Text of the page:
• Diversity is valued. A diversity of crops and crop varieties are cultivated for resilience, crop conservation, and flavor.
  • Nutrient-rich foods. Healthy soils rich in organic matter provide nutrient-dense foods.
  • Place-based farming. Farm design and practices avoid harm to local ecosystems and water bodies.

Regenerative agriculture and related approaches stand in contrast to the chemical-intensive monocrop agriculture that has impacted ecosystems, soils, farmers, and health both on Maui and worldwide.

Transitioning to Thriving Local Food Systems on Maui

Many of us on Maui who care about the island's agriculture future see the current moment as rich in opportunity. Especially with the end of large-scale sugar cultivation in the Central Valley, now is the time to lay a foundation for the island's agricultural future. While there is no singular vision for the future of food and farming on Maui, here are some basic elements to strive for:

  • Transition from industrial agriculture to regenerative agriculture.
  • Grow the great majority of our food right here, along with fuel and fiber crops.
  • Grow enough food here to sustain the island's population in times of emergency or supply disruption.
  • Grow enough food to export some to Oahu, where many of the best farm lands have already been paved over.
  • Practice organic farming methods that build organic matter in our soils and avoid contaminating our reefs and groundwater.
  • Promote initiatives that train young farmers and provide access to land.

The great thing about supporting local agriculture is that it is rare for one solution to simultaneously provide so many benefits and address so many of our challenges. Regenerative local agriculture helps mitigate climate change by sequestering soil carbon, and by reducing the fossil fuel consumption used for shipping. Incorporating a variety of fresh fruits and vegetables into our diets can address a range of health issues, including diabetes and obesity. Our groundwater, reefs, beaches, and honu will also be healthier. And we will be better prepared for natural disasters and increasing global food prices.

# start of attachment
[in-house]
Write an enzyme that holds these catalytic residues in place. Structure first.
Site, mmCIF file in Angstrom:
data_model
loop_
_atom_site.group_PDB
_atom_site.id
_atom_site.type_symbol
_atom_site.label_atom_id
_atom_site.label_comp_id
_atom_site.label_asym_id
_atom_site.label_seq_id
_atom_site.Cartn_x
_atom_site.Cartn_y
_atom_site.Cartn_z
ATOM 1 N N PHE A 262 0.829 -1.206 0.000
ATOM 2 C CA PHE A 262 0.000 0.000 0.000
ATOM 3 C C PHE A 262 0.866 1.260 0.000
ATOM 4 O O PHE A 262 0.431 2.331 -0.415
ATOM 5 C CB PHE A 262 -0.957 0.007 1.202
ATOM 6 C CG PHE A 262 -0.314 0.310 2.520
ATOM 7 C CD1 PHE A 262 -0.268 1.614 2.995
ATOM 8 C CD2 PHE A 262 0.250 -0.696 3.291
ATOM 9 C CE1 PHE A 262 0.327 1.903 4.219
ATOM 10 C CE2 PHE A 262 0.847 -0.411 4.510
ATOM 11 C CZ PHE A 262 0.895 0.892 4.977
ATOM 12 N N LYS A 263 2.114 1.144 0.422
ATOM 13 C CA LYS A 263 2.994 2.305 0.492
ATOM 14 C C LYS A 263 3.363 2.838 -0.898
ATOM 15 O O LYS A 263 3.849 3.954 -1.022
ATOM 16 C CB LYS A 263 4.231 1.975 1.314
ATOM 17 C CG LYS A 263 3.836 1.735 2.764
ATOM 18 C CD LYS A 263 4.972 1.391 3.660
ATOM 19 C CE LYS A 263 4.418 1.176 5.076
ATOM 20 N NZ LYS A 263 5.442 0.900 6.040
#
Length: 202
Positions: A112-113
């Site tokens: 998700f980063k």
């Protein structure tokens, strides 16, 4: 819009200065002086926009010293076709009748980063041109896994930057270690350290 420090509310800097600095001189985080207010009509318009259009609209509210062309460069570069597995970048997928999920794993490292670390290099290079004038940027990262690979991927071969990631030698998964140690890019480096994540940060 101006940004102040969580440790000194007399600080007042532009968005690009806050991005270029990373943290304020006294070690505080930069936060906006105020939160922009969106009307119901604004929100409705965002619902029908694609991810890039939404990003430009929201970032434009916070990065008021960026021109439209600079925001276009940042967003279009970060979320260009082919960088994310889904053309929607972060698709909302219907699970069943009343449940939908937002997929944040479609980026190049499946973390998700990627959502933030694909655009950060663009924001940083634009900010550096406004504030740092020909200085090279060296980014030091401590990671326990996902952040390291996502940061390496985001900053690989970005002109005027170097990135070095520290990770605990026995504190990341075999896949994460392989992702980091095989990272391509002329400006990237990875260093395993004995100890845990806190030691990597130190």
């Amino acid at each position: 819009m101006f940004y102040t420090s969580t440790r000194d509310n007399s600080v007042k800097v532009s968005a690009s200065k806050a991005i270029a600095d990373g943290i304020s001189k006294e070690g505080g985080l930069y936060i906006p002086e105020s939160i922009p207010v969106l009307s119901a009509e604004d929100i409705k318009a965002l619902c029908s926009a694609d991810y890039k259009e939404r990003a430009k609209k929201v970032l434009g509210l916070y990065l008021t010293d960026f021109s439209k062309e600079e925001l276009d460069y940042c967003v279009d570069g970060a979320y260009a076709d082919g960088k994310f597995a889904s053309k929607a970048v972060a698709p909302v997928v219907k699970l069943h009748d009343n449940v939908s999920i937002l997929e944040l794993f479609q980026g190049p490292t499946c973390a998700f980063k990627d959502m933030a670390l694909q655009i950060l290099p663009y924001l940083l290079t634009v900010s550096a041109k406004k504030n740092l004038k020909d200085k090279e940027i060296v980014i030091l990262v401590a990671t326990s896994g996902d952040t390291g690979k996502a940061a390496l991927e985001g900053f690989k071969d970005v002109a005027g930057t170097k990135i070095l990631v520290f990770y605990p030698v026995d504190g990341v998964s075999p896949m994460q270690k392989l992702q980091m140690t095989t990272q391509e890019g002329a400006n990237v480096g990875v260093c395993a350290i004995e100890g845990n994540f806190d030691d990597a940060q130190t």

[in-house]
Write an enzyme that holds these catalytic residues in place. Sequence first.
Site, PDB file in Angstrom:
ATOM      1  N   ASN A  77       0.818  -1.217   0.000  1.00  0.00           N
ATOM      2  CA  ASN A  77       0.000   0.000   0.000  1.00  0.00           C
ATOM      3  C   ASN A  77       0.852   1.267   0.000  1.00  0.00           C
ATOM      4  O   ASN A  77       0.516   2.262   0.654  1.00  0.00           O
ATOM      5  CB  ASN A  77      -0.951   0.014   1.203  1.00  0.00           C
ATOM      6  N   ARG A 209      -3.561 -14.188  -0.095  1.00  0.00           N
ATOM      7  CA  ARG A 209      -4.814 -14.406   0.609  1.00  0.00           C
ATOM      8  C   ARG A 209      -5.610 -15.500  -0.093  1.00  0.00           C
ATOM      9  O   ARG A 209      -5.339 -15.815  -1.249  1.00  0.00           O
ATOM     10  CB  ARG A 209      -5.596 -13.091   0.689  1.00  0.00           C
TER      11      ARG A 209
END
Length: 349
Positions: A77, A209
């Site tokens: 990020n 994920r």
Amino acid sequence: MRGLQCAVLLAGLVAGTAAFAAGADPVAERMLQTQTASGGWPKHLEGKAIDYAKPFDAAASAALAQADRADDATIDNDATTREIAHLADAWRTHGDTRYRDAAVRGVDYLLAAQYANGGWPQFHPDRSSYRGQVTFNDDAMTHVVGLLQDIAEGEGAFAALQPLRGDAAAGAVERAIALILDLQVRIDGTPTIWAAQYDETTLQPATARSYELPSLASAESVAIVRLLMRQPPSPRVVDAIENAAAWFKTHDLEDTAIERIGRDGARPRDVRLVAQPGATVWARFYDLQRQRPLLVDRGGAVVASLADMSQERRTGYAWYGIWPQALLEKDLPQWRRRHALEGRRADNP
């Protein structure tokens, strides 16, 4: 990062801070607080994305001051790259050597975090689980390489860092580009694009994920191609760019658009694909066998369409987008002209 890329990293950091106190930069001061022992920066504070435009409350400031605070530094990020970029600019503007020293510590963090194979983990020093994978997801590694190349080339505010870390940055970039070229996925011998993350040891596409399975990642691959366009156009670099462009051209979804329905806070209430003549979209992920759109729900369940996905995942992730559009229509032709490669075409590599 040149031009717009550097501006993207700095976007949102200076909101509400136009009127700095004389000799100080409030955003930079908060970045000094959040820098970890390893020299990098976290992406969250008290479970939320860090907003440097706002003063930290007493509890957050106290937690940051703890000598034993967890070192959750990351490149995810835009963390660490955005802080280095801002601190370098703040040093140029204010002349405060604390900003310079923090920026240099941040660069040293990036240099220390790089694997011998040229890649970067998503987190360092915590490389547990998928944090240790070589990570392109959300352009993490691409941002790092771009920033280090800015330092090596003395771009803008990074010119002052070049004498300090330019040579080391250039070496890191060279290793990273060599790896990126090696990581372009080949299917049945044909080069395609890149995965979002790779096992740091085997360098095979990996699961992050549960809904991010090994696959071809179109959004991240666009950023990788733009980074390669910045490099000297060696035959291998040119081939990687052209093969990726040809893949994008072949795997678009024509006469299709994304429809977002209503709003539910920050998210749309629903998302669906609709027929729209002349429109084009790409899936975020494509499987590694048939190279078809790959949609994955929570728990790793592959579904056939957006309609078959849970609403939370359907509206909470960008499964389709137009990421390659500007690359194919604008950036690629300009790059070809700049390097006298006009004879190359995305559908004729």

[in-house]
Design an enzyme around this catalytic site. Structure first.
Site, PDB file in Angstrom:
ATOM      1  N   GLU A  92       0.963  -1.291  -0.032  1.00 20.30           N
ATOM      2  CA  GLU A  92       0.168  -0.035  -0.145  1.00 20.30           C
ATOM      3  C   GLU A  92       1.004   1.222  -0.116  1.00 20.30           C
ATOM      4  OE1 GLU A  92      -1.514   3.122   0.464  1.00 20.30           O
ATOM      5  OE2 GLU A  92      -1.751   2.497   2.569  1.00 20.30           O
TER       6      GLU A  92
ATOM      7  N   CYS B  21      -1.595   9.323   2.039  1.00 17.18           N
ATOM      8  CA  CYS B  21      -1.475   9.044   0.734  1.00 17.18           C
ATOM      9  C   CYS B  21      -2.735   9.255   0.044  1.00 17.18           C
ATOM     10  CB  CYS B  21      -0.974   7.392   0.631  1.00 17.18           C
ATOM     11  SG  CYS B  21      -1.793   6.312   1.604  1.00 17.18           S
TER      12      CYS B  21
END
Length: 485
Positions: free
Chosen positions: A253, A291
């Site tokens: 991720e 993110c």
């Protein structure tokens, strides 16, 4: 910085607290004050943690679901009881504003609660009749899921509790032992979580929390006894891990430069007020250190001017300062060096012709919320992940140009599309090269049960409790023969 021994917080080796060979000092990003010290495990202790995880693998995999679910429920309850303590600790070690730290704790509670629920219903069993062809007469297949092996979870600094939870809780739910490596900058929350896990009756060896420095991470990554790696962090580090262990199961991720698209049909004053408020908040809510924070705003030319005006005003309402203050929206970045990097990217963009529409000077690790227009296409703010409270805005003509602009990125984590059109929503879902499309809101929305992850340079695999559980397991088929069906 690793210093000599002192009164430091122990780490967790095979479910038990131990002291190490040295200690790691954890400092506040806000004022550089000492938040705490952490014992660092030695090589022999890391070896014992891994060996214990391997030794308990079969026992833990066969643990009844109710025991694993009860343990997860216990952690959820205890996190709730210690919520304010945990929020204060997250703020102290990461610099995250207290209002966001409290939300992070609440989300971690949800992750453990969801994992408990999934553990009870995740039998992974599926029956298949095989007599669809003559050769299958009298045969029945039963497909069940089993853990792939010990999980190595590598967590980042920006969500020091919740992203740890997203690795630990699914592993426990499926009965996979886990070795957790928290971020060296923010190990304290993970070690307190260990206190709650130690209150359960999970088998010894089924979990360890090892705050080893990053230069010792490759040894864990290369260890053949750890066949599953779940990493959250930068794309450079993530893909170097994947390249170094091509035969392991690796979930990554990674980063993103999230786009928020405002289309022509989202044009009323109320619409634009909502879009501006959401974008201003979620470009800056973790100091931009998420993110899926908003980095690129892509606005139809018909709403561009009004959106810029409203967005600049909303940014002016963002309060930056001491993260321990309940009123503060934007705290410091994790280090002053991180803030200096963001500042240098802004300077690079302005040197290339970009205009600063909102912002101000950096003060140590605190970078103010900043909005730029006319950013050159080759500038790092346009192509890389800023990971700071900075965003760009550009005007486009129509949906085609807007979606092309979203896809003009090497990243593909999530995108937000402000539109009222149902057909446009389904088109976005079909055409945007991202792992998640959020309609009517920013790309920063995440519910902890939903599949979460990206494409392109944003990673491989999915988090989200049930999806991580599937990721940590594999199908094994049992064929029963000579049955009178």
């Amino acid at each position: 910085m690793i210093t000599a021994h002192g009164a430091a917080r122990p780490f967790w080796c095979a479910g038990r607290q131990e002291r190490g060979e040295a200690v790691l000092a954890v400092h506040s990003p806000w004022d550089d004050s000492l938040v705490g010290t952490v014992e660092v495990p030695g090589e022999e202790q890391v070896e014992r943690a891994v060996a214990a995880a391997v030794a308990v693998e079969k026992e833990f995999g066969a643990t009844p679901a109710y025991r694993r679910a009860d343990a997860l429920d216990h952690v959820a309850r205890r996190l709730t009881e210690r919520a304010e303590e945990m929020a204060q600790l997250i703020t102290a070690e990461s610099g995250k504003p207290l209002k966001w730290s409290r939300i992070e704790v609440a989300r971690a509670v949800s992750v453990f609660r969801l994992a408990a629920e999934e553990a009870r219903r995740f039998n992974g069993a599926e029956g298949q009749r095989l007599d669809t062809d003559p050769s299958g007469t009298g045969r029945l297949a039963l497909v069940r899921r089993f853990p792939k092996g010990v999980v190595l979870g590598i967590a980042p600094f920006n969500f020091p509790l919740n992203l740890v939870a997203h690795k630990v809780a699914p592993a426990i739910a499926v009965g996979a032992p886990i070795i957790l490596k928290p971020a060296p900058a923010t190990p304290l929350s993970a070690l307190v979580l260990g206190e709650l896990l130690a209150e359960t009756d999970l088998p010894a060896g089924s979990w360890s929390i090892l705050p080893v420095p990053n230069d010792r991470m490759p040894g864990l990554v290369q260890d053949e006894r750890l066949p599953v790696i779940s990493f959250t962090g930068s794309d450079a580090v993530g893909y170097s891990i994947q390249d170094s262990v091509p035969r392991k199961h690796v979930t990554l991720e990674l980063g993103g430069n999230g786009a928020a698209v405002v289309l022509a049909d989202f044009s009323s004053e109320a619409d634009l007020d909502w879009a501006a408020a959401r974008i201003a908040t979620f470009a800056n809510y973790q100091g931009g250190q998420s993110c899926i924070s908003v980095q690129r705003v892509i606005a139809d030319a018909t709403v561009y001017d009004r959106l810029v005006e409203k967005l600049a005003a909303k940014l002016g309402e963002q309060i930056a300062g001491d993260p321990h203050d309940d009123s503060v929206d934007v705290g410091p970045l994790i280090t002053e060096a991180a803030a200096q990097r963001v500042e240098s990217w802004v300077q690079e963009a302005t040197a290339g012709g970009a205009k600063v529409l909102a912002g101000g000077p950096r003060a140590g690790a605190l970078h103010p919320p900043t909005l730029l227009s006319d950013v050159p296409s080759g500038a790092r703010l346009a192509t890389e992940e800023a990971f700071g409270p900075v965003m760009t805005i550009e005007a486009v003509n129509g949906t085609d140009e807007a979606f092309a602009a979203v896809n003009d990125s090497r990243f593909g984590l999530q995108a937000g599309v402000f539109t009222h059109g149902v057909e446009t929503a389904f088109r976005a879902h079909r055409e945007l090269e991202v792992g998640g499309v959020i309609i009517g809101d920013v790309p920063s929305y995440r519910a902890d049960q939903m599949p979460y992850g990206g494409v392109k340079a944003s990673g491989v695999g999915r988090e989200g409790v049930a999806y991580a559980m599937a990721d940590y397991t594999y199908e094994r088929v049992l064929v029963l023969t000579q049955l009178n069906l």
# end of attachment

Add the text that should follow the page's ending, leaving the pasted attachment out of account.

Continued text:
Transitioning to regenerative agriculture can also create a variety of meaningful local jobs at all points from farm to table: from the gal who creates a mountain of rich compost, to the guy who prunes the 'ulu and avo trees, to the chef who turns it all into ono grinds for locals and visitors.

Finally, more than any other issue, food and farming bring people together, providing common ground to connect on regardless of race, culture, or political persuasion. Who doesn't love a nice plate of food?


Making it happen

Building a sustainable and resilient local food system will require more than increasing the number of farms and improving farming techniques. Our current systems of laws, regulations, patents, lobbying, and elections all stack the deck in favor of large corporate entities that value profits foremost and hold allegiance to no particular place. To be successful a local food movement needs to be part of a larger movement that understands and works to change the impacts of corporate power in our society. Along with other issues like health care, energy, and economic inequality, there will be no sustained progress unless deeper changes to political and economic structures are tackled.